What are the compliance criteria in 188.8.131.52.3 for solid insulation used between one earthed part and another having an hazardous voltage?
More specifically you asked: RTI - What is the exact meaning of 184.108.40.206.3, Compliance criteria, concerning solid insulation, where it is called the “relative temperature index”? In particular many application are made by a single insulating sheet as a basic safeguard. The clause specifies that “for a single insulating material, the declared relative temperature index information from the material manufacturer can be used if it is suitable for the applicable class of insulation”. In the simplest case where the insulating sheet is applied between two metal parts, for example one earthed part and another having an hazardous voltage, there is no risk of chemical interaction between different polymer parts. In this case the application is not an EIS so the question is it sufficient to provide the manufacturer documentation providing the maximum temperature at which the material can be used? The concern is that any RTI index based on the UL 746B is not formally referred in this IEC standard and the term “relative temperature index” is not defined before this clause in the standard. Flammability certification based on IEC 60695-11-10 and UL 94, dielectric strength based testing at its maximum temperature (while the unit is well heated) and manufacturer information concerning the maximum temperature look as a sufficient base for the acceptability.
In response, as the complete answer to this topic is complex, and since there appears to be a specific, detailed construction / application that needs review / analysis, you are encouraged to contact UL for an in-depth consultation, either via your local account executive or via https://62368-ul-solutions.com/contact-ul.html.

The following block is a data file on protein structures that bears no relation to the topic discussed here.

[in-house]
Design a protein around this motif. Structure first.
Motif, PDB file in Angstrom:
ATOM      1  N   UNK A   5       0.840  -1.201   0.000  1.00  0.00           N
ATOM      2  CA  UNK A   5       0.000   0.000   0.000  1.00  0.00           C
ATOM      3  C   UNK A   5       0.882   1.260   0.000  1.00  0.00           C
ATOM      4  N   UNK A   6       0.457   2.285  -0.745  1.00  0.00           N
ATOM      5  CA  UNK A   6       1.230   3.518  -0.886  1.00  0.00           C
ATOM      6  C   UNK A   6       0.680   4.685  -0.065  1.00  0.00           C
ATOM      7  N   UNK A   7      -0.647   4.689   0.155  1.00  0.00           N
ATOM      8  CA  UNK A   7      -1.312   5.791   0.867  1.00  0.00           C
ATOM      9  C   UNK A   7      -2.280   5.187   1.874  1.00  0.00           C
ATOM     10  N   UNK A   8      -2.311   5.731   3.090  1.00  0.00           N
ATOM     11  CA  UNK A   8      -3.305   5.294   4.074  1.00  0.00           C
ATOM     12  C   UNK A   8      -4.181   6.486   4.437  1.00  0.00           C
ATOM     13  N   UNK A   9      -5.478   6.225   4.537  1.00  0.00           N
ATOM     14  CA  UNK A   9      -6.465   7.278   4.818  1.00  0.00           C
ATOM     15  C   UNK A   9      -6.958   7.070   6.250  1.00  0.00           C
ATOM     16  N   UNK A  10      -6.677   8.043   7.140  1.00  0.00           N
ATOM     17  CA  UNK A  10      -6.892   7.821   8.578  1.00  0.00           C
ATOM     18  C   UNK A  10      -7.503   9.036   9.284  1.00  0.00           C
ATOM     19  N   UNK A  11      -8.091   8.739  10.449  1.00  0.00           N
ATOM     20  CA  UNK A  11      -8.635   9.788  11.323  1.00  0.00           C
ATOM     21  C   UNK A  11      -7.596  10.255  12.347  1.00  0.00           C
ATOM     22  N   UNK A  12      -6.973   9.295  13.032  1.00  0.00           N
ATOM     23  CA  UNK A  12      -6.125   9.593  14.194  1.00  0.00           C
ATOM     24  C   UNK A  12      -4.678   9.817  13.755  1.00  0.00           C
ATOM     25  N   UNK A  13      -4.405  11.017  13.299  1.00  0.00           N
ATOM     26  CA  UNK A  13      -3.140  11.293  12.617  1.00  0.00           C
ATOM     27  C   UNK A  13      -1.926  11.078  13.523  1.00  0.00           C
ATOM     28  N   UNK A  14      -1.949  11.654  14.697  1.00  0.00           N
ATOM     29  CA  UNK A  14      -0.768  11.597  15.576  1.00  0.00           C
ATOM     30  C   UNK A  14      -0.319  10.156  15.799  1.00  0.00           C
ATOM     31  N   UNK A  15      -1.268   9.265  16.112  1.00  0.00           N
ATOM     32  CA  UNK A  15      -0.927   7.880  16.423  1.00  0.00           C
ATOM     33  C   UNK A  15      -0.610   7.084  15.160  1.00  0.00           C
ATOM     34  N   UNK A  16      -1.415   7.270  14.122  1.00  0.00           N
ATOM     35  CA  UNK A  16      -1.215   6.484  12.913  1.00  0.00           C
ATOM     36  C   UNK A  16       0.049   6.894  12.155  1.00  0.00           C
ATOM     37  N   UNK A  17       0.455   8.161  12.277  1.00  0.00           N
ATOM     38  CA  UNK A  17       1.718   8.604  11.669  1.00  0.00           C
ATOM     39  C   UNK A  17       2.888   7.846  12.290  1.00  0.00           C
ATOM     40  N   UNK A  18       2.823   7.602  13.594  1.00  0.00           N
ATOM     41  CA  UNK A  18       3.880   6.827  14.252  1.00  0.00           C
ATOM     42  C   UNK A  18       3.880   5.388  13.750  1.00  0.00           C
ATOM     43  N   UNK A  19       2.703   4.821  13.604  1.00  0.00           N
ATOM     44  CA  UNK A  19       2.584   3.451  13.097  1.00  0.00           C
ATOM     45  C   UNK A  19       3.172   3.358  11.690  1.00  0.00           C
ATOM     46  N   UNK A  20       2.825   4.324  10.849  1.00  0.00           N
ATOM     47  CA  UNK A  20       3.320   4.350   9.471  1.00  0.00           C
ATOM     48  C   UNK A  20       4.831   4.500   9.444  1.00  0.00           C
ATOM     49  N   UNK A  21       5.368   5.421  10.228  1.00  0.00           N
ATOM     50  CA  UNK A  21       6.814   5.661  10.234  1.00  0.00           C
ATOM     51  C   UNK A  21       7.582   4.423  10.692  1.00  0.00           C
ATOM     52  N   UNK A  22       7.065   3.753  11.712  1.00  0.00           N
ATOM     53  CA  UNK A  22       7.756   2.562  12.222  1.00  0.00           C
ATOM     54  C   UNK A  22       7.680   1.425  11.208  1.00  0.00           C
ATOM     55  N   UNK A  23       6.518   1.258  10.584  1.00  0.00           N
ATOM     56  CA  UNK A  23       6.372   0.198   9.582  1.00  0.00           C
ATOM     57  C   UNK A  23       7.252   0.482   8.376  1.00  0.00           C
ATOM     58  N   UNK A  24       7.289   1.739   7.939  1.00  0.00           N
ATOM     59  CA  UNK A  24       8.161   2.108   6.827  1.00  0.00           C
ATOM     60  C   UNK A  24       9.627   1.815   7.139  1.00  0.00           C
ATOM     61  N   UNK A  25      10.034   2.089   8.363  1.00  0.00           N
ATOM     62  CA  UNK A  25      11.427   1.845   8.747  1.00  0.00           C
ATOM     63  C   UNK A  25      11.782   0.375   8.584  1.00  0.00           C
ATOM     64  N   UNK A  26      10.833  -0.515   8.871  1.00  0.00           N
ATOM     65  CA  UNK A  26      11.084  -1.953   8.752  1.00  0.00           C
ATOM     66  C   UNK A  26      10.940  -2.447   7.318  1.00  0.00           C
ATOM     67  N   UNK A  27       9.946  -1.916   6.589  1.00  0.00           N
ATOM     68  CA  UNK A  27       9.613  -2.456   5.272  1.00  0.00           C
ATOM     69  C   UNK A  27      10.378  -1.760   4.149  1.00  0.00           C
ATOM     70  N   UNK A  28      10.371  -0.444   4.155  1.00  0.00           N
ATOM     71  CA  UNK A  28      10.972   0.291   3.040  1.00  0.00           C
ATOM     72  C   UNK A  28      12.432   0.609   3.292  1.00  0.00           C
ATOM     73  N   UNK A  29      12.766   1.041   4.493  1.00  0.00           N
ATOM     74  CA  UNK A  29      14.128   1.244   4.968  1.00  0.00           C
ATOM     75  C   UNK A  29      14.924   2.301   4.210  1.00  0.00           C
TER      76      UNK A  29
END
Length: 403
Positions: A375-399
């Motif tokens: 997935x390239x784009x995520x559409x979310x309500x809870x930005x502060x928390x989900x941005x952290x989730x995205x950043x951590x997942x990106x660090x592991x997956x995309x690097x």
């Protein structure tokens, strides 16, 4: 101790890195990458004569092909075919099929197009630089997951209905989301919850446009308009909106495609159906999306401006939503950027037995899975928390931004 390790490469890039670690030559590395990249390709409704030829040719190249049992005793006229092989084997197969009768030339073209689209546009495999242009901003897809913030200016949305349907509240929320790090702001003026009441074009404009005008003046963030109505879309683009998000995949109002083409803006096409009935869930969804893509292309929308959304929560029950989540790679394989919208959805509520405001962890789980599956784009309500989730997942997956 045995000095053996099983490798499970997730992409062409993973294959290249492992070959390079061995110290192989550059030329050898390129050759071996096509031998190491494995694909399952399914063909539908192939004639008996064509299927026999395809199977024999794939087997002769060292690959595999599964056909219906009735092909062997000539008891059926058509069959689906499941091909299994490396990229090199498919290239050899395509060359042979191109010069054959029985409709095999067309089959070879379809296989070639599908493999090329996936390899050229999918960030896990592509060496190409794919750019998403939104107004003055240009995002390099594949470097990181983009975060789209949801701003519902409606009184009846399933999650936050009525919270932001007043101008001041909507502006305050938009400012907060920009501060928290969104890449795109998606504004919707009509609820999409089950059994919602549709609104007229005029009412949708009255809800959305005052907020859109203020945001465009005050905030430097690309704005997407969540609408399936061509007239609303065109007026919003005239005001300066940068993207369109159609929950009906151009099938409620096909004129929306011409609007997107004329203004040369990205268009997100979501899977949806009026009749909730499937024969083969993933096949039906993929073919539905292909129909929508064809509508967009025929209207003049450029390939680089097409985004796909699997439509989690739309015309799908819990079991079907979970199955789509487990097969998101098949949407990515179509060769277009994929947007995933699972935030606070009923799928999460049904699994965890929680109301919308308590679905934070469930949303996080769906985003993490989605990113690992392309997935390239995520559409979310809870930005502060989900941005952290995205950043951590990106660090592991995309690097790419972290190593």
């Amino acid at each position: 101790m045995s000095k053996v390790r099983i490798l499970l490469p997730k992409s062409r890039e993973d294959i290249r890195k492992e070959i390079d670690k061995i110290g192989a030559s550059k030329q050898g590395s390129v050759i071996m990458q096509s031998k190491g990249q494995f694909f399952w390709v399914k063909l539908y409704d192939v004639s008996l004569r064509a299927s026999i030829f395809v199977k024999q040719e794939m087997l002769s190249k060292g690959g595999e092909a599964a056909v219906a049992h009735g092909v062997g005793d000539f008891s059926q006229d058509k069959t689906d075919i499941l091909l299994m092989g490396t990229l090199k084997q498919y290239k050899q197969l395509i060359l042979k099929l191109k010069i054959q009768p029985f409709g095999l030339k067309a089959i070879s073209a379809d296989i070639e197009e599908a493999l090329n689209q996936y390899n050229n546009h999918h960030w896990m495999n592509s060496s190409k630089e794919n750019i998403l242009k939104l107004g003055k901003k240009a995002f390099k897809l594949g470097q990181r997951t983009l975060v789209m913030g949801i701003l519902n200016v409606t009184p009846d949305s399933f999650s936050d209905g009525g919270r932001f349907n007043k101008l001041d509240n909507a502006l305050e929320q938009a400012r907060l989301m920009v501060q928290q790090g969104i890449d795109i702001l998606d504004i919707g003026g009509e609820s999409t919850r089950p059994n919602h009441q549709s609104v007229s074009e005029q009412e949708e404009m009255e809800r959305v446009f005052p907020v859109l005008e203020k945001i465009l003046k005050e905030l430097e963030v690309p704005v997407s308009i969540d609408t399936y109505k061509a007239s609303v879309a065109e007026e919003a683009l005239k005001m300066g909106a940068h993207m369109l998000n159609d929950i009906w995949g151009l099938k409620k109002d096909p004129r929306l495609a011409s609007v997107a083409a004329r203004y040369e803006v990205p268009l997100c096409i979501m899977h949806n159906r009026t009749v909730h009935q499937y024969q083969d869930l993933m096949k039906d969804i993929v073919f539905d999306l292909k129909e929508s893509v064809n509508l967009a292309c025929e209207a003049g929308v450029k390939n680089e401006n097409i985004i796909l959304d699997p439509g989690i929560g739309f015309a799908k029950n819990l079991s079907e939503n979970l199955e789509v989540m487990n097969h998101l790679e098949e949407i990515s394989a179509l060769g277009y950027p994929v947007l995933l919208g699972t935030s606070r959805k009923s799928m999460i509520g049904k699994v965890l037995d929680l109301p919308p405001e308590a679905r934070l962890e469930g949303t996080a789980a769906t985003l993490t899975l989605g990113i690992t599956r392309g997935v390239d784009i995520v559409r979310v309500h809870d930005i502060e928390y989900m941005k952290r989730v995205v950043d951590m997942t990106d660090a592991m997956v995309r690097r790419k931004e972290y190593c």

However, in general, per 220.127.116.11.3, a single material used alone is not required to comply with IEC 60085, although this 60085 standard also covers thermal (endurance) indexes for individual materials which may be considered. Alternatively, an RTI based on UL 746B, Polymeric Materials – Long Term Property Evaluations, may be considered for USA/Canada. (See Clauses 6-9, Determination of Relative Thermal Indices of Polymeric Materials, including the generic data in Table 7.1, Relative thermal indices based upon past field-test performance and chemical structure.) Other NCBs also may accept this published data like they do for other UL data associated with thermoplastics.
IEC 62368-1 allows to use declared temperature index; however an accepting NCB may have additional requirements for acceptance and evaluation of materials. Therefore, based on the specific construction, there may be differing approaches for compliance with IEC 62368-1 versus a certification program like UL Mark, GS Mark etc.
Again, due to the complexity of this topic, you are encouraged to contact UL for an in-depth consultation.